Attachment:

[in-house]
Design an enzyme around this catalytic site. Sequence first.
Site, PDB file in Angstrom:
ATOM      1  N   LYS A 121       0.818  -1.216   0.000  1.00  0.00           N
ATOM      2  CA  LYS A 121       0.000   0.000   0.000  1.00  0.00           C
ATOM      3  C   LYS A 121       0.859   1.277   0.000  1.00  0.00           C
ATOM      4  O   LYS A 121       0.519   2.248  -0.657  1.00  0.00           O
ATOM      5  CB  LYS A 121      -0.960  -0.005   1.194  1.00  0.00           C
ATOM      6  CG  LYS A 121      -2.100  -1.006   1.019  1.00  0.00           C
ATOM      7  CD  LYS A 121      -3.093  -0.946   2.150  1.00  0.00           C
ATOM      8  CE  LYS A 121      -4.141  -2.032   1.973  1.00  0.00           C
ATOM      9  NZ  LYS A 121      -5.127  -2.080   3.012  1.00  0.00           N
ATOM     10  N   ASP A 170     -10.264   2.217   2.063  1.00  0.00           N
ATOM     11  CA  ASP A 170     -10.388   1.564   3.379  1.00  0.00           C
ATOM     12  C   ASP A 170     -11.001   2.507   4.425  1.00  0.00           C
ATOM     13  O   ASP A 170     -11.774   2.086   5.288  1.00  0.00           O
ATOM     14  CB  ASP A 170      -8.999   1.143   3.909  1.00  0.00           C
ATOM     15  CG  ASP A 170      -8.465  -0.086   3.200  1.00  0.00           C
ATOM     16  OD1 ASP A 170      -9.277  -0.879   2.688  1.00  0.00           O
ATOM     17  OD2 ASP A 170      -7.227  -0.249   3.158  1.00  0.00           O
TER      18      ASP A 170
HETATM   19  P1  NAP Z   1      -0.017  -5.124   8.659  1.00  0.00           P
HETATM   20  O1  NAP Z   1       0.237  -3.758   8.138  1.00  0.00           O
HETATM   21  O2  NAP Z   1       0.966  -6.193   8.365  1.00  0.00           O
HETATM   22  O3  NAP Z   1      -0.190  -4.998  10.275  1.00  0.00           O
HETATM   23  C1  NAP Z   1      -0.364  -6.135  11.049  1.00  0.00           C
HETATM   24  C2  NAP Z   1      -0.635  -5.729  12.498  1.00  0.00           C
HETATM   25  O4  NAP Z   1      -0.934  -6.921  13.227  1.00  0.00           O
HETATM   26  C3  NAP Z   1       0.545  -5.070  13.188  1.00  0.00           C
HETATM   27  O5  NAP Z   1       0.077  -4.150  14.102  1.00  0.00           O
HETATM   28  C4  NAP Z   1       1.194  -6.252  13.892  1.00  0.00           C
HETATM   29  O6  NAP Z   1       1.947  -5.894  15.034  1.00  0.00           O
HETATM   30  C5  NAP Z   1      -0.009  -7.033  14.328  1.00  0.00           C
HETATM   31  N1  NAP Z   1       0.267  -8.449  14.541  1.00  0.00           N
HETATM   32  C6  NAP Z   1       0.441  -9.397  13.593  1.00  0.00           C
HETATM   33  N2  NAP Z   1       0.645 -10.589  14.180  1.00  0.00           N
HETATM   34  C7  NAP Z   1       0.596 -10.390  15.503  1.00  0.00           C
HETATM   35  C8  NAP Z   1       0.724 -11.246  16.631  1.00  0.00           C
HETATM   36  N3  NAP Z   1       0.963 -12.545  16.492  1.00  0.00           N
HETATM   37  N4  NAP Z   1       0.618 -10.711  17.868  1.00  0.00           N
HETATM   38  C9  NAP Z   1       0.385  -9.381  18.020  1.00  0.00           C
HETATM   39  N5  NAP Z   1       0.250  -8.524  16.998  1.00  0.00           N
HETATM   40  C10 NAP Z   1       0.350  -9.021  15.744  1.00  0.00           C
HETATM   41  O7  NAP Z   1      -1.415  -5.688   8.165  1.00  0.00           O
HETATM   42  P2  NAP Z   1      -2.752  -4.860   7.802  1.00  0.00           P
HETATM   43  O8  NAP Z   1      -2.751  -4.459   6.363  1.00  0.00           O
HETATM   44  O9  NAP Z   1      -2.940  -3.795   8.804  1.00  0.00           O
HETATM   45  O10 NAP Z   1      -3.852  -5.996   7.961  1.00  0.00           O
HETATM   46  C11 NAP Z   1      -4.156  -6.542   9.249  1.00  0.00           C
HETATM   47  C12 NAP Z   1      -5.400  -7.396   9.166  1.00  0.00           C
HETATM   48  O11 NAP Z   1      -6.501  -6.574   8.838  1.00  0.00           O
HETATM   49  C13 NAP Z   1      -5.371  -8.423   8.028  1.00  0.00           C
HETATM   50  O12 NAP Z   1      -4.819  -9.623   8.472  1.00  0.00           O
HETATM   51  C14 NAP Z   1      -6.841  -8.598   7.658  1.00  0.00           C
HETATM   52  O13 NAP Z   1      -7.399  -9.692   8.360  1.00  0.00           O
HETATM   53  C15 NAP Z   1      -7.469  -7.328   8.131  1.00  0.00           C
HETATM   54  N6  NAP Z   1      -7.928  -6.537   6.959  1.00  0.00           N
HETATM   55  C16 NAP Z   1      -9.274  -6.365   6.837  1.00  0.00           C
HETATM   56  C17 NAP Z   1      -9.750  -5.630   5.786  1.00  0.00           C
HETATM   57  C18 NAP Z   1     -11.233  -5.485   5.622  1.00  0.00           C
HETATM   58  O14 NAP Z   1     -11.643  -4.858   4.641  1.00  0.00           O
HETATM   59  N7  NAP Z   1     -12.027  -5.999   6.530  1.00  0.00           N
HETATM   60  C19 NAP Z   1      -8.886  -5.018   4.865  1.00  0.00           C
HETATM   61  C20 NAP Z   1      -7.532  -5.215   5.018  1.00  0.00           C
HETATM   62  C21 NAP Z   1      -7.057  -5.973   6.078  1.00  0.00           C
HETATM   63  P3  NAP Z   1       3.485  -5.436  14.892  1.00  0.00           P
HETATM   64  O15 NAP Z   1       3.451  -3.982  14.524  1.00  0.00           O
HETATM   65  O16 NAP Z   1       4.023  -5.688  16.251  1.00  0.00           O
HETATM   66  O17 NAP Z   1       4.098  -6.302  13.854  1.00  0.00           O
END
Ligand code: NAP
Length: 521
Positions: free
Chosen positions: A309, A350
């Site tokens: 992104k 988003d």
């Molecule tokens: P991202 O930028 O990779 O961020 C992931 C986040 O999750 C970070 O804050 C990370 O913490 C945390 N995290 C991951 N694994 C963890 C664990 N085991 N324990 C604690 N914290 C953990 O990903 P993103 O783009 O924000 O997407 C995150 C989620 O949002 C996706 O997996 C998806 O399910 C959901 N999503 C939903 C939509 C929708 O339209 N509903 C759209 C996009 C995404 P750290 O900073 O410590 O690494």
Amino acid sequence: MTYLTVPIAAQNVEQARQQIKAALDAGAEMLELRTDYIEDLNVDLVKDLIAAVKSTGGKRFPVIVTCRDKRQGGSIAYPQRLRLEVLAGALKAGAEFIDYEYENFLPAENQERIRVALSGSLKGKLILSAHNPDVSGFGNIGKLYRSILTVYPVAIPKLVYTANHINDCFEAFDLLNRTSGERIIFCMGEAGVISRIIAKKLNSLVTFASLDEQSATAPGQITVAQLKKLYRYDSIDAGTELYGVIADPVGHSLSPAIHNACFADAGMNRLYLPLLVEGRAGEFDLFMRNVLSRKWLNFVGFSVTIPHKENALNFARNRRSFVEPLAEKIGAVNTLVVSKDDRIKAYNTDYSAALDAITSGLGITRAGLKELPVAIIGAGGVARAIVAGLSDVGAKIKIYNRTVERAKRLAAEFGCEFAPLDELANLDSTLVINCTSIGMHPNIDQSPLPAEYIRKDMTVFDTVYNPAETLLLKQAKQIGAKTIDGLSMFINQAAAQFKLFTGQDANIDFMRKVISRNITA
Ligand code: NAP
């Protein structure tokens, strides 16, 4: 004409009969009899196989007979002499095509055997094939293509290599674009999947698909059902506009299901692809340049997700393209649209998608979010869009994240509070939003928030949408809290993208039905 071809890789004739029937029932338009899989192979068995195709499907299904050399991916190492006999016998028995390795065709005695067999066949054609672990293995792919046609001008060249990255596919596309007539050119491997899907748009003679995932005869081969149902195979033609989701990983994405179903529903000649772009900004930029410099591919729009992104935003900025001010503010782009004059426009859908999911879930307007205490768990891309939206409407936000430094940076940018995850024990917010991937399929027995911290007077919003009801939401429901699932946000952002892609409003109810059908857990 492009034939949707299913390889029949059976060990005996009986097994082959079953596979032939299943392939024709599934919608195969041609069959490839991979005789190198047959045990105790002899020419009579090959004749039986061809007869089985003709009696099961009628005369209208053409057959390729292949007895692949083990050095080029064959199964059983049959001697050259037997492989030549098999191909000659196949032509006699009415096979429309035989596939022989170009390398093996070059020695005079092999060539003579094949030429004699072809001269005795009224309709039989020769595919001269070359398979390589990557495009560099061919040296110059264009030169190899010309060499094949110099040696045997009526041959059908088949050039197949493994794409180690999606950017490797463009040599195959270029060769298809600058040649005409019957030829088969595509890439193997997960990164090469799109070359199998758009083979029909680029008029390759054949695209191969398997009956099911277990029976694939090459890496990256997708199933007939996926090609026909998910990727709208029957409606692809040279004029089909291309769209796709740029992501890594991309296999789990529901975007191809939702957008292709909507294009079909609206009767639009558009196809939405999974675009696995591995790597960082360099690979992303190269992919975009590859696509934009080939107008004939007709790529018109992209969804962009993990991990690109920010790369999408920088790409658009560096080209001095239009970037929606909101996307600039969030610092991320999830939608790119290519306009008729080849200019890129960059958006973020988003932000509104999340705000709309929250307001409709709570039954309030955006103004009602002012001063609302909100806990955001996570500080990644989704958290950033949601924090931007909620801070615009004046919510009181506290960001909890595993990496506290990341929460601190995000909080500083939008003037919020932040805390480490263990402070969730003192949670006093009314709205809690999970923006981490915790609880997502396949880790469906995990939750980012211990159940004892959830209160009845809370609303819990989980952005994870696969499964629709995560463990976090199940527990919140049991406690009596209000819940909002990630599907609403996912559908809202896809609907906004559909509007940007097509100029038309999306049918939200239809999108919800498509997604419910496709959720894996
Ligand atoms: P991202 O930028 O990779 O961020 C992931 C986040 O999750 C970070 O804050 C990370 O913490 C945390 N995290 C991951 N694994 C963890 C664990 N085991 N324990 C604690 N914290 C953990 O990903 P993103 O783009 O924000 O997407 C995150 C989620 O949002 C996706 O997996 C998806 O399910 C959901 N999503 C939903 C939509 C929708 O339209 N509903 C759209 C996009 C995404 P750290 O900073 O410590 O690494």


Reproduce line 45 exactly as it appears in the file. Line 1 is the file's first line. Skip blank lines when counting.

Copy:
HETATM   42  P2  NAP Z   1      -2.752  -4.860   7.802  1.00  0.00           P